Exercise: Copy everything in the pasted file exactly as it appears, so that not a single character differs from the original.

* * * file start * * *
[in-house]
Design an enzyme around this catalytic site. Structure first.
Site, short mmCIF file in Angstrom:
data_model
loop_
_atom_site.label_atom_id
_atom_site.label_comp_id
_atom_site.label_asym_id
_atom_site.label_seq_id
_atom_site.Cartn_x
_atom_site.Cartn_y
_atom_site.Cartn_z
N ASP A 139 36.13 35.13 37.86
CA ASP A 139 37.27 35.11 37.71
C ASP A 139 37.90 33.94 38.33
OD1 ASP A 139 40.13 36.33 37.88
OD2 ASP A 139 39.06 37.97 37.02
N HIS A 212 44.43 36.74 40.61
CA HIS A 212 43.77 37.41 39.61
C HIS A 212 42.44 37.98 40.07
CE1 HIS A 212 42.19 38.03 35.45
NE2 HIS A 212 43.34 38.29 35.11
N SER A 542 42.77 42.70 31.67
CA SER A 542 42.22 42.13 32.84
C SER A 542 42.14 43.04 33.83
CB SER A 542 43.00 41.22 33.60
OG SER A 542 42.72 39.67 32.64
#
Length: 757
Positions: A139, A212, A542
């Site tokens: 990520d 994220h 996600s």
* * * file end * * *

[in-house]
Design an enzyme around this catalytic site. Structure first.
Site, short mmCIF file in Angstrom:
data_model
loop_
_atom_site.label_atom_id
_atom_site.label_comp_id
_atom_site.label_asym_id
_atom_site.label_seq_id
_atom_site.Cartn_x
_atom_site.Cartn_y
_atom_site.Cartn_z
N ASP A 139 36.13 35.13 37.86
CA ASP A 139 37.27 35.11 37.71
C ASP A 139 37.90 33.94 38.33
OD1 ASP A 139 40.13 36.33 37.88
OD2 ASP A 139 39.06 37.97 37.02
N HIS A 212 44.43 36.74 40.61
CA HIS A 212 43.77 37.41 39.61
C HIS A 212 42.44 37.98 40.07
CE1 HIS A 212 42.19 38.03 35.45
NE2 HIS A 212 43.34 38.29 35.11
N SER A 542 42.77 42.70 31.67
CA SER A 542 42.22 42.13 32.84
C SER A 542 42.14 43.04 33.83
CB SER A 542 43.00 41.22 33.60
OG SER A 542 42.72 39.67 32.64
#
Length: 757
Positions: A139, A212, A542
């Site tokens: 990520d 994220h 996600s």